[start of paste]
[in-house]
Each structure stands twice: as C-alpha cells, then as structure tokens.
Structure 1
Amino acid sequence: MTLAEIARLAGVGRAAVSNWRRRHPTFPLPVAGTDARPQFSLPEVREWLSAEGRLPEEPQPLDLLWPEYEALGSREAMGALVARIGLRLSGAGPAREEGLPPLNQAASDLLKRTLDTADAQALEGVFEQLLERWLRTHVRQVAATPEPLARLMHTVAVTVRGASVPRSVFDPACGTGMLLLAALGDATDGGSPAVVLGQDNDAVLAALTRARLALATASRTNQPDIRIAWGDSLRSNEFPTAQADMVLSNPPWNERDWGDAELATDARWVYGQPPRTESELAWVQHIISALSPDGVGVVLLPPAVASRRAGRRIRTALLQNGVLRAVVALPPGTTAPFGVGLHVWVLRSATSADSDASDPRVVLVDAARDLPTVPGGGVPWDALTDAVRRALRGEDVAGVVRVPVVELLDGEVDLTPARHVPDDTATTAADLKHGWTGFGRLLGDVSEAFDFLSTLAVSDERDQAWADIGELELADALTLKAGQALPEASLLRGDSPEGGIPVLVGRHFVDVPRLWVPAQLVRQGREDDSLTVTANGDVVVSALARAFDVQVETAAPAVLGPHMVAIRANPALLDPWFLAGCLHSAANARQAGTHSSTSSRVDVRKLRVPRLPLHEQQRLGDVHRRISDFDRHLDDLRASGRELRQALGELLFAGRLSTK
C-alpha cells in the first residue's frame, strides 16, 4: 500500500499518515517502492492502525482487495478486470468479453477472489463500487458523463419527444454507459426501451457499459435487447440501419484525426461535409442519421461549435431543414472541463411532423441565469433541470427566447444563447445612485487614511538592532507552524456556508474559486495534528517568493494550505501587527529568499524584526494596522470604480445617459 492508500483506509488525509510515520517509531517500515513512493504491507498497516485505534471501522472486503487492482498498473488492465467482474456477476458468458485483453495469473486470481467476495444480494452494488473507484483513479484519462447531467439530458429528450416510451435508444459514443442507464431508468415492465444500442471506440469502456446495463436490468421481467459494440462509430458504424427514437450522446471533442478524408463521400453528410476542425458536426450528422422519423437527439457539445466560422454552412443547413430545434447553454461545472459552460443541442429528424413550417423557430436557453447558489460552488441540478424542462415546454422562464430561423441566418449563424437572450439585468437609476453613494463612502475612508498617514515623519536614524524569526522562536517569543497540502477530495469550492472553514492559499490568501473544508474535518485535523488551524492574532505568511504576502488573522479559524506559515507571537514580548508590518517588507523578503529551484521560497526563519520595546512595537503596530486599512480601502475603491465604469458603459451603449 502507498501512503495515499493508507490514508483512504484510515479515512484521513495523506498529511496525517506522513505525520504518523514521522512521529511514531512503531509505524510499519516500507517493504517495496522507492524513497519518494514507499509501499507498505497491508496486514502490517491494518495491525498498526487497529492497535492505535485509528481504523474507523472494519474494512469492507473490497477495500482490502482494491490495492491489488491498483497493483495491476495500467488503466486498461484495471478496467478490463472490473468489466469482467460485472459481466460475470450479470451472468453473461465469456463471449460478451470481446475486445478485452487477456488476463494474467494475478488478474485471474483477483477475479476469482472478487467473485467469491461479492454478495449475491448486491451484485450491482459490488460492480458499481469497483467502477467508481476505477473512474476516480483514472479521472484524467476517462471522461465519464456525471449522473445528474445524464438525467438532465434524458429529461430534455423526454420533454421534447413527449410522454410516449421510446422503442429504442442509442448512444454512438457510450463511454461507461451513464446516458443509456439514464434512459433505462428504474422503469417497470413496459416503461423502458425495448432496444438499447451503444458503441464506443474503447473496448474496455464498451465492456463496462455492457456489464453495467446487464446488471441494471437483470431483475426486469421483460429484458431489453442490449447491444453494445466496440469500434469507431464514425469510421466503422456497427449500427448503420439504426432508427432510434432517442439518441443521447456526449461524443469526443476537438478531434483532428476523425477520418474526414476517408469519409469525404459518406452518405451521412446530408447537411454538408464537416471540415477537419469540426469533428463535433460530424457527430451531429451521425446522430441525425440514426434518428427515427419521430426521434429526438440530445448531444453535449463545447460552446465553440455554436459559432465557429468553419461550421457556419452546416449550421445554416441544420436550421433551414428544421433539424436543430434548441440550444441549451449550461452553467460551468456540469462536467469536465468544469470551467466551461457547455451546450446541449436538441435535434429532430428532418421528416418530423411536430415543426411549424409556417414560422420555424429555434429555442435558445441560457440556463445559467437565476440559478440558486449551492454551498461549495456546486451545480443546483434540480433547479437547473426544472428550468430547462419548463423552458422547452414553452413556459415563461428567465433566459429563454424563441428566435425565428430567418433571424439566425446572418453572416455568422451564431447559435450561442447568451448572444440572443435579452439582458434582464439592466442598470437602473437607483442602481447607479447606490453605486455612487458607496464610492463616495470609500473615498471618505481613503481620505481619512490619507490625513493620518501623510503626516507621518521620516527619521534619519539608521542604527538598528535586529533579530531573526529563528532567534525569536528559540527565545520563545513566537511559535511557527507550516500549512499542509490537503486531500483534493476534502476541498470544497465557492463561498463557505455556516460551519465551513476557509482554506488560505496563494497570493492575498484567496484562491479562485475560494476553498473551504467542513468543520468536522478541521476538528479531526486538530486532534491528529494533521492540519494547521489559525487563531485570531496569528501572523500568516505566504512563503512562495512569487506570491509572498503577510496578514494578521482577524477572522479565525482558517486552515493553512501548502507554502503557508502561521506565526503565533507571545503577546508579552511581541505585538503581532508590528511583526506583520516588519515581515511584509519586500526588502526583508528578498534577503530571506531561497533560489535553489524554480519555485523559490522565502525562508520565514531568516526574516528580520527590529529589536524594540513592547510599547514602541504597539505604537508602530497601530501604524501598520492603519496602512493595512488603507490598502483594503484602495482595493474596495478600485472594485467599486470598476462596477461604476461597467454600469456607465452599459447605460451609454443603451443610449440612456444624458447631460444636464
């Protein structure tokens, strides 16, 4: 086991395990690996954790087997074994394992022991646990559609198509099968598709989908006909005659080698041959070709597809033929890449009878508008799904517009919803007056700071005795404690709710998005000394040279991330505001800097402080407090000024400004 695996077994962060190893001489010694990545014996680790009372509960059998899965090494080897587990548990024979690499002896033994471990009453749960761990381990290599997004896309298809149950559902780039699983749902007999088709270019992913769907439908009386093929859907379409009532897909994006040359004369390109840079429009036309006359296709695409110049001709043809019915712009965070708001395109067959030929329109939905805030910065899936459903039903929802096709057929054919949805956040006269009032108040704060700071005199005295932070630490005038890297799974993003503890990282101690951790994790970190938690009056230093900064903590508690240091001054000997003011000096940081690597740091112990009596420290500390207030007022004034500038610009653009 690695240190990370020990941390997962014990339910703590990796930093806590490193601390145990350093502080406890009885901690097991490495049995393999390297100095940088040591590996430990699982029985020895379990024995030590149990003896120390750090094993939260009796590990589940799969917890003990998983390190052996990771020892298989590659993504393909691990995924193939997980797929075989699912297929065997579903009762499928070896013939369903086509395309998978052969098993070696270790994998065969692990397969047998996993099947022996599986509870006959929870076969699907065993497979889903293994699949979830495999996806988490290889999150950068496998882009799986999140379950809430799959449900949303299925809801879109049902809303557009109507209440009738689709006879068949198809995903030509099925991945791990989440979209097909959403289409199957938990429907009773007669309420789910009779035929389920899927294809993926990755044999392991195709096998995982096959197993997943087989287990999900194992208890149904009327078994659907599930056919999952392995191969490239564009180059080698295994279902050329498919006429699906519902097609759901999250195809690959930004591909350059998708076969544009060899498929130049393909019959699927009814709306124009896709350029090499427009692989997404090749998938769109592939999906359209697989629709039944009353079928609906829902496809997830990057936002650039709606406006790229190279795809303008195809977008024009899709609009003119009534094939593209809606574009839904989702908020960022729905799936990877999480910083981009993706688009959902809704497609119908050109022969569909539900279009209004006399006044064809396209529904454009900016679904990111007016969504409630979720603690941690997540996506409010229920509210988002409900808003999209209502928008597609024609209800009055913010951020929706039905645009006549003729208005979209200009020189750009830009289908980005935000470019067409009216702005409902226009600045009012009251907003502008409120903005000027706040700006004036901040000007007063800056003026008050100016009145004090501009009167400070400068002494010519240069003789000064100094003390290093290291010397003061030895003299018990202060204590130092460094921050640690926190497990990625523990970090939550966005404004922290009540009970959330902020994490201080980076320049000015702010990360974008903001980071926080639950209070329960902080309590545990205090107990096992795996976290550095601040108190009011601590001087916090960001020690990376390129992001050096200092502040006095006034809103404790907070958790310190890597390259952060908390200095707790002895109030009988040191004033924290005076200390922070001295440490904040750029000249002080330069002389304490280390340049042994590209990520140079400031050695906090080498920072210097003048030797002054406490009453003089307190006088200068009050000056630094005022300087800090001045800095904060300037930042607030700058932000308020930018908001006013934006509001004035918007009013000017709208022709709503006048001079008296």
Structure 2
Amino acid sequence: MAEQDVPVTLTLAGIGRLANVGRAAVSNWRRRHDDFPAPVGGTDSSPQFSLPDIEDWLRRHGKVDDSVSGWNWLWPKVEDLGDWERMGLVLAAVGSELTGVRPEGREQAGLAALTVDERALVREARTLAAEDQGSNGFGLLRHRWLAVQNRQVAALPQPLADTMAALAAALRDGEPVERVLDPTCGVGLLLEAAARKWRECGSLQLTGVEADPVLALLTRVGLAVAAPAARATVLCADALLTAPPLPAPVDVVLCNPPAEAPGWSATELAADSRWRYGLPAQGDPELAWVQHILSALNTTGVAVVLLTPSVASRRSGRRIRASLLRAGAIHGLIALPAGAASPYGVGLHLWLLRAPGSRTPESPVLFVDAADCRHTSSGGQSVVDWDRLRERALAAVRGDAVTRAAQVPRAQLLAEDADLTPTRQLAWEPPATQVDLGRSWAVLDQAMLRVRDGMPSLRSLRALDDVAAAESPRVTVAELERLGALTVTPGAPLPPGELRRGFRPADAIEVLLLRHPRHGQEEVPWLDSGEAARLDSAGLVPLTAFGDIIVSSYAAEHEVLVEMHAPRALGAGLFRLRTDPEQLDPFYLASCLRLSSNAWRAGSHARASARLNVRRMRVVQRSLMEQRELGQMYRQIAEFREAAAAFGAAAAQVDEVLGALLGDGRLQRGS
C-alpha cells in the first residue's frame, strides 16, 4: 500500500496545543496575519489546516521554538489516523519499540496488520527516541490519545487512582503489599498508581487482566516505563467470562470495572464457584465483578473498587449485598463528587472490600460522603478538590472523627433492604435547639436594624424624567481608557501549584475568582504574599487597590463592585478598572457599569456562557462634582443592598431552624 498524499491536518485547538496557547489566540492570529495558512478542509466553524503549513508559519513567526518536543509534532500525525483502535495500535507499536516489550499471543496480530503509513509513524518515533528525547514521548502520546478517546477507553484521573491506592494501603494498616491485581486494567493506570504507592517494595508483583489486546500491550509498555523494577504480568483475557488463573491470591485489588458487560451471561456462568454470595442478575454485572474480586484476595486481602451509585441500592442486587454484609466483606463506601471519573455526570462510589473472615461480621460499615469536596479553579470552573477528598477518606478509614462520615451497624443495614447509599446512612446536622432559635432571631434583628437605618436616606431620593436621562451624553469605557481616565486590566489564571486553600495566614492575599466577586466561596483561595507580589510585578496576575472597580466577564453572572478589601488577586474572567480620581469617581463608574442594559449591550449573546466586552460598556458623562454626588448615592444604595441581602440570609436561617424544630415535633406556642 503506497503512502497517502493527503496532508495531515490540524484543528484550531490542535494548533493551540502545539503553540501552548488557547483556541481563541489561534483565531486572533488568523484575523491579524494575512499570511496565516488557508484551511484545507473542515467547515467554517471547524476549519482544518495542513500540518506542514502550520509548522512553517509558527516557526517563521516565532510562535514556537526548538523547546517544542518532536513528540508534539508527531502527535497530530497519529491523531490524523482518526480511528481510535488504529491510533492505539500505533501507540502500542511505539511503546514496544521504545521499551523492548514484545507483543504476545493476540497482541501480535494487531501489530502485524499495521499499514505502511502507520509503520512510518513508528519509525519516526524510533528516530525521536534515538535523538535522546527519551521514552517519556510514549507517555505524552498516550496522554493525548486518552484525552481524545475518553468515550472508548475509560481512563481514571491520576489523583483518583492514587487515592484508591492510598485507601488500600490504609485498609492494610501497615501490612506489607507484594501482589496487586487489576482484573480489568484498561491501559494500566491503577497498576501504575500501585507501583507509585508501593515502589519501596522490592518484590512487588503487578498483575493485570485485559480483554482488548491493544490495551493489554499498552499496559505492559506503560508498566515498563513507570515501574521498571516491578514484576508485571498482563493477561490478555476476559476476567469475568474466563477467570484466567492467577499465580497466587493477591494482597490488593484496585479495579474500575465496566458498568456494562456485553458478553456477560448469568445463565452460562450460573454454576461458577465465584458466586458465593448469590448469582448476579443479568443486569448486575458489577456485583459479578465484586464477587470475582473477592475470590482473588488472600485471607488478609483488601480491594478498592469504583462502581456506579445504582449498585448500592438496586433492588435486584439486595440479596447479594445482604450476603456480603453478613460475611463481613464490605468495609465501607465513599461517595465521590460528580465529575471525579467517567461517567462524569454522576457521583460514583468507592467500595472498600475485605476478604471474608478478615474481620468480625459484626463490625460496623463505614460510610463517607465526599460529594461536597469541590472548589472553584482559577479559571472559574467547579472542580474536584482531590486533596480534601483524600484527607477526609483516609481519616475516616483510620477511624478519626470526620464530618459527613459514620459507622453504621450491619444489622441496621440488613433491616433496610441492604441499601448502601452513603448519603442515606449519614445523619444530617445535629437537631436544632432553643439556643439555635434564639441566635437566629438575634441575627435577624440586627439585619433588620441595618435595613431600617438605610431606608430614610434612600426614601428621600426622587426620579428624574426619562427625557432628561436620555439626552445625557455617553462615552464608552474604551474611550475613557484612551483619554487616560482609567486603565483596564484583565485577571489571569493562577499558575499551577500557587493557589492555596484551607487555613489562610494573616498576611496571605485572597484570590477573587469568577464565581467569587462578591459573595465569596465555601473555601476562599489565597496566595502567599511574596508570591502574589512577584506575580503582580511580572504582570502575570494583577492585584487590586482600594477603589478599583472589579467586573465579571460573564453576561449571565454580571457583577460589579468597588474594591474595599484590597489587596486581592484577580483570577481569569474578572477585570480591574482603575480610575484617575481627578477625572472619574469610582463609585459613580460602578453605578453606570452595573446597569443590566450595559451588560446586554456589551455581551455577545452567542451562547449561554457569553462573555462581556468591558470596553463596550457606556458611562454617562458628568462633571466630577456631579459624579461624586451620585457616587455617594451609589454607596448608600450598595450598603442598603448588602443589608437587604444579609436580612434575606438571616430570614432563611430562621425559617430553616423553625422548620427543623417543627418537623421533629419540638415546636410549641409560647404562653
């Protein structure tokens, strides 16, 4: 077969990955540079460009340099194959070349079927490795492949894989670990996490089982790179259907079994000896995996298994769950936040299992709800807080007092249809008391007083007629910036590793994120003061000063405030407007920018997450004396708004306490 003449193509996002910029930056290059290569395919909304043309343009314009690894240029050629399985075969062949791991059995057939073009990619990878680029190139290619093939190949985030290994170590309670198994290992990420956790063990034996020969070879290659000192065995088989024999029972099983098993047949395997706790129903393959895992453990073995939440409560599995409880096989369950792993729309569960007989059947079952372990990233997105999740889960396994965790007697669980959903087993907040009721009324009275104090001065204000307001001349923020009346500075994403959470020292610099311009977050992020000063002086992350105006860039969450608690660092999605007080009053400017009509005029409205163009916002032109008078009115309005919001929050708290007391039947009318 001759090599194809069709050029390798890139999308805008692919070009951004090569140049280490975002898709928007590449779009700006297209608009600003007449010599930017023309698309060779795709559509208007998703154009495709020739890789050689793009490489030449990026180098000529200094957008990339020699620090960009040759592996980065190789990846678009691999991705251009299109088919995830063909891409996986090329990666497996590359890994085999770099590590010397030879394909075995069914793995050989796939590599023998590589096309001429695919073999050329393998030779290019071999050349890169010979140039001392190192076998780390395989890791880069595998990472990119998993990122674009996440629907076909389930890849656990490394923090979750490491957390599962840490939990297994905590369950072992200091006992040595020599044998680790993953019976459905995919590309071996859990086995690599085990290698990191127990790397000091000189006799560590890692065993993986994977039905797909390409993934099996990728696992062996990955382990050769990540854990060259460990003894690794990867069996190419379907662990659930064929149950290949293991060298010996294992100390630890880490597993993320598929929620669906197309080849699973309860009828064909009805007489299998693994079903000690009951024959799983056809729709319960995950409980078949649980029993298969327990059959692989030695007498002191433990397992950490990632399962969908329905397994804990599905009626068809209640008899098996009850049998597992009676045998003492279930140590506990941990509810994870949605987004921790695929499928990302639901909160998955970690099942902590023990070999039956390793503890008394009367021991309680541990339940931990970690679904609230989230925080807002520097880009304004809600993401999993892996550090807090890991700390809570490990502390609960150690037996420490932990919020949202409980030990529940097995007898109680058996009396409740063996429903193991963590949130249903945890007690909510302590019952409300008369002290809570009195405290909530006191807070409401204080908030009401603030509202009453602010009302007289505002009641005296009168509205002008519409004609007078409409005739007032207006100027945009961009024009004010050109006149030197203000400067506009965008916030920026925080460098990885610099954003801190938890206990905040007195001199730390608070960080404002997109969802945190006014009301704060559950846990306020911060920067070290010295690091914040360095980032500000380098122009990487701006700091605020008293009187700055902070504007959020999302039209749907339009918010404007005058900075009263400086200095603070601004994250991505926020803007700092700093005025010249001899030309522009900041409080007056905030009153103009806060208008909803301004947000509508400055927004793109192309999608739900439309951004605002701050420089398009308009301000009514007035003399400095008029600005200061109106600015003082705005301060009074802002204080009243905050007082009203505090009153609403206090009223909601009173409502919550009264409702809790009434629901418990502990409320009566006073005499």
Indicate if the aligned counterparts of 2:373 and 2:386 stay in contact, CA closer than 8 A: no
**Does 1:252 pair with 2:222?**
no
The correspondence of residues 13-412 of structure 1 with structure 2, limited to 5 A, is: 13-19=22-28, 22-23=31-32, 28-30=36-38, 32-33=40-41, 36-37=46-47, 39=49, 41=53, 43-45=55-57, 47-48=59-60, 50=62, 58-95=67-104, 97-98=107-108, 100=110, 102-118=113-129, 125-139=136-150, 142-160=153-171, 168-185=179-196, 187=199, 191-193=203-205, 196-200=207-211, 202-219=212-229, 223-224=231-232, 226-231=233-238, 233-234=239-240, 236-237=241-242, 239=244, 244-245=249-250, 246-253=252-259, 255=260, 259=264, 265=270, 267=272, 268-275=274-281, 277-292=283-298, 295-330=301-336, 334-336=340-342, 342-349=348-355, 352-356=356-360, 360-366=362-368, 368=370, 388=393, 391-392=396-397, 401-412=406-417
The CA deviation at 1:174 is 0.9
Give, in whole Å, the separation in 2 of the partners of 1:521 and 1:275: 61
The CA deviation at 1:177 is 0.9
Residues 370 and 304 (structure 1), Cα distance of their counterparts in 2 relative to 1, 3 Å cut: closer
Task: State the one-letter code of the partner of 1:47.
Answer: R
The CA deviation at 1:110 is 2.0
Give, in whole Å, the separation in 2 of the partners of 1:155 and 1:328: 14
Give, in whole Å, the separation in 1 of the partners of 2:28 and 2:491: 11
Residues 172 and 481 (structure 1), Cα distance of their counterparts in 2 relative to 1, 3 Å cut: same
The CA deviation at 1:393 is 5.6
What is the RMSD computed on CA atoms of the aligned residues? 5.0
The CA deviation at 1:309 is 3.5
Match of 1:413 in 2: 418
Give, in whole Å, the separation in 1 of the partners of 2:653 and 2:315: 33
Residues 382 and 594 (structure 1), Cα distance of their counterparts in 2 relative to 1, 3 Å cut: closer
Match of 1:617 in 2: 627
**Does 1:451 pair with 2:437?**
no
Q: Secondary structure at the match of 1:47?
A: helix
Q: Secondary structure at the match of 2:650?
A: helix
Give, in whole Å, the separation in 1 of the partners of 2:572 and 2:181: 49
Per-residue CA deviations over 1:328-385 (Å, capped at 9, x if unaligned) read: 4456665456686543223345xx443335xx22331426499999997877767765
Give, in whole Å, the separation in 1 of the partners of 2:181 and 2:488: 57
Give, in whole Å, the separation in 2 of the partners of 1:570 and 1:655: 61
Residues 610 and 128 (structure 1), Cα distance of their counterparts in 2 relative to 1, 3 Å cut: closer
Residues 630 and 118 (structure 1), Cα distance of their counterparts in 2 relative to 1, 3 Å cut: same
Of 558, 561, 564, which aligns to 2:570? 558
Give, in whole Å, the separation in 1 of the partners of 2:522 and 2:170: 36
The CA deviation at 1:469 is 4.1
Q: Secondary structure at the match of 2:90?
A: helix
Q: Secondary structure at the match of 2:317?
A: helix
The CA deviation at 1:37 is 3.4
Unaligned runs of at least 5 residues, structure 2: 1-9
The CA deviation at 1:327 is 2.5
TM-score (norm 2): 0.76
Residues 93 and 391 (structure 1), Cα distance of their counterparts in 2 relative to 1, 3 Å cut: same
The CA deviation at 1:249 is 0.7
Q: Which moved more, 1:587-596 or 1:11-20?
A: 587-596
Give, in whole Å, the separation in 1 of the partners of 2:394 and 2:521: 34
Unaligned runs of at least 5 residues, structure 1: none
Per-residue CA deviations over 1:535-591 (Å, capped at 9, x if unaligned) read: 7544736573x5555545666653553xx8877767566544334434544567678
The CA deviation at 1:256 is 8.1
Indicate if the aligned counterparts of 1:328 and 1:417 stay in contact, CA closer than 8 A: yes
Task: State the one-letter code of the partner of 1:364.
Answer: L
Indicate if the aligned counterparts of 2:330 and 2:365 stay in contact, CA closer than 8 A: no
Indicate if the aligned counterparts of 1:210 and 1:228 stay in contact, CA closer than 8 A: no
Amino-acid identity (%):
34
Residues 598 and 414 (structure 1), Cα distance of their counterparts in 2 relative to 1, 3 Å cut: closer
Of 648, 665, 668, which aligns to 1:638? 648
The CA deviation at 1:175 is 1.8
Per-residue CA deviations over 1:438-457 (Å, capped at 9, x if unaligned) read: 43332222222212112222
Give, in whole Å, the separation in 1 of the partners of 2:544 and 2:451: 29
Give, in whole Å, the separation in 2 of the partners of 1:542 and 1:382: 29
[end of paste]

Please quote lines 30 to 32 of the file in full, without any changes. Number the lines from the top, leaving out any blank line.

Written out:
Residues 382 and 594 (structure 1), Cα distance of their counterparts in 2 relative to 1, 3 Å cut: closer
Match of 1:617 in 2: 627
**Does 1:451 pair with 2:437?**